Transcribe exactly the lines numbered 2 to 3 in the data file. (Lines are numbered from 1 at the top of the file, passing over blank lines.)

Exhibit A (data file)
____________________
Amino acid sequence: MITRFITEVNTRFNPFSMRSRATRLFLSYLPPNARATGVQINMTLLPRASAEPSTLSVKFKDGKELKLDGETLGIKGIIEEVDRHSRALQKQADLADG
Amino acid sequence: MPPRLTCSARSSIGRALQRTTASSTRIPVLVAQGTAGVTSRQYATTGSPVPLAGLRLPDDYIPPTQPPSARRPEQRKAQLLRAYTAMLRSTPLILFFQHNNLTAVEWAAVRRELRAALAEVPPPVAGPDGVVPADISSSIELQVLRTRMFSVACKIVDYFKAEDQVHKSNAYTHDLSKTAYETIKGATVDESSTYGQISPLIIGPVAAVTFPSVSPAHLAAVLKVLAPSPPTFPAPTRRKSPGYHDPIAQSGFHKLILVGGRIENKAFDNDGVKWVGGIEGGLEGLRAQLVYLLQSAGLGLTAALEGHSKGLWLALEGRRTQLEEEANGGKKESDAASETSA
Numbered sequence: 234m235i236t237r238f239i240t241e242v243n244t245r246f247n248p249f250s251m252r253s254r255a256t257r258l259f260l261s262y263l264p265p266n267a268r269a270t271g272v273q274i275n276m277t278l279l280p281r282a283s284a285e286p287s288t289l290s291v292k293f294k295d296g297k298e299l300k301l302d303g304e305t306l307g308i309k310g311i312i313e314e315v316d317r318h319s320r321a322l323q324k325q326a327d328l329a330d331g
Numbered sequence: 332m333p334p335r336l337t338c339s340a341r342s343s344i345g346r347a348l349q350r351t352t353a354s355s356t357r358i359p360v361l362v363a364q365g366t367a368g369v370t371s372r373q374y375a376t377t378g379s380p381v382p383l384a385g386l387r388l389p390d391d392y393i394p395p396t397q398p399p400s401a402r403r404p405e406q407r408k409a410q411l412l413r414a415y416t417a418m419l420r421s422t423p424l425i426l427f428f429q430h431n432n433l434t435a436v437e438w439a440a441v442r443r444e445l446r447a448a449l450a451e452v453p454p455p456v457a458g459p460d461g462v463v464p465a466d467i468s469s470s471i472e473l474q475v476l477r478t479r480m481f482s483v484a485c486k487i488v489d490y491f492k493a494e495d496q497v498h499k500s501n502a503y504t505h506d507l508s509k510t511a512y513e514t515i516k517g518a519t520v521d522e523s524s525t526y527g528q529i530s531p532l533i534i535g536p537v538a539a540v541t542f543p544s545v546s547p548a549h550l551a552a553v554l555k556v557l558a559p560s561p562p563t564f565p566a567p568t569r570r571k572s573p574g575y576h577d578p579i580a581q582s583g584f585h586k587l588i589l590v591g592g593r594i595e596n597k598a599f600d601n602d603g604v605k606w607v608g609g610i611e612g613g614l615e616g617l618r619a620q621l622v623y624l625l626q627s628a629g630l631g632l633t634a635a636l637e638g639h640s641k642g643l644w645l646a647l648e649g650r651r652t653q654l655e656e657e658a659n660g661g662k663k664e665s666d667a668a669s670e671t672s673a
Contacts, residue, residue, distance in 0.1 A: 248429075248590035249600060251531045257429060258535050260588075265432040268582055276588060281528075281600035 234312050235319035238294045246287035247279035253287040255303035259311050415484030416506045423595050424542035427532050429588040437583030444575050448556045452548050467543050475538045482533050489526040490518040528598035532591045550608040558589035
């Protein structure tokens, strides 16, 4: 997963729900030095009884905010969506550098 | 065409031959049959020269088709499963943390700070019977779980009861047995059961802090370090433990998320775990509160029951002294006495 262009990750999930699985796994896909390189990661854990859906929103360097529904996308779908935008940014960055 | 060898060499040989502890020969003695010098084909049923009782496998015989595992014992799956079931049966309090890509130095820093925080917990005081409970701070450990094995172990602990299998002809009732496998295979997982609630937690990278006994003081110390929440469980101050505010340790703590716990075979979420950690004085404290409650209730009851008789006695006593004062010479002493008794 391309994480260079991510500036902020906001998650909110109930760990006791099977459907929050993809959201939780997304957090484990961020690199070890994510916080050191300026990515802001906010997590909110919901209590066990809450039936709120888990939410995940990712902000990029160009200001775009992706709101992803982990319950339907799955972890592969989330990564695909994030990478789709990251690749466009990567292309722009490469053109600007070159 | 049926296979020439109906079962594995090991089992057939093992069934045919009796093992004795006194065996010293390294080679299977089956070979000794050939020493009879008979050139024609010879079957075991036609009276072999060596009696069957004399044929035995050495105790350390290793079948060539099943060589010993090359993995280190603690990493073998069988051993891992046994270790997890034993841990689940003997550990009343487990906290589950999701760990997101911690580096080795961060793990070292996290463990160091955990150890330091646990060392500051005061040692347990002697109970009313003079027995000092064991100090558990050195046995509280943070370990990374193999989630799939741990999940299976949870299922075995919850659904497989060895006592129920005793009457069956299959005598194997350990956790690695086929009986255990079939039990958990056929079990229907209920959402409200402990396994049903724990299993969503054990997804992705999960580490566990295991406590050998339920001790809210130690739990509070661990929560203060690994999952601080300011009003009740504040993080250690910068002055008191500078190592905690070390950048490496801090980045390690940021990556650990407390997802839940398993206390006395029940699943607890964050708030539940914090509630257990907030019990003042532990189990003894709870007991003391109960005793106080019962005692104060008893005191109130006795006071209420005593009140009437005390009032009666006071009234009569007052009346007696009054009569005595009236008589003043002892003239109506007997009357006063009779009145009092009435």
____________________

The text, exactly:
Amino acid sequence: MPPRLTCSARSSIGRALQRTTASSTRIPVLVAQGTAGVTSRQYATTGSPVPLAGLRLPDDYIPPTQPPSARRPEQRKAQLLRAYTAMLRSTPLILFFQHNNLTAVEWAAVRRELRAALAEVPPPVAGPDGVVPADISSSIELQVLRTRMFSVACKIVDYFKAEDQVHKSNAYTHDLSKTAYETIKGATVDESSTYGQISPLIIGPVAAVTFPSVSPAHLAAVLKVLAPSPPTFPAPTRRKSPGYHDPIAQSGFHKLILVGGRIENKAFDNDGVKWVGGIEGGLEGLRAQLVYLLQSAGLGLTAALEGHSKGLWLALEGRRTQLEEEANGGKKESDAASETSA
Numbered sequence: 234m235i236t237r238f239i240t241e242v243n244t245r246f247n248p249f250s251m252r253s254r255a256t257r258l259f260l261s262y263l264p265p266n267a268r269a270t271g272v273q274i275n276m277t278l279l280p281r282a283s284a285e286p287s288t289l290s291v292k293f294k295d296g297k298e299l300k301l302d303g304e305t306l307g308i309k310g311i312i313e314e315v316d317r318h319s320r321a322l323q324k325q326a327d328l329a330d331g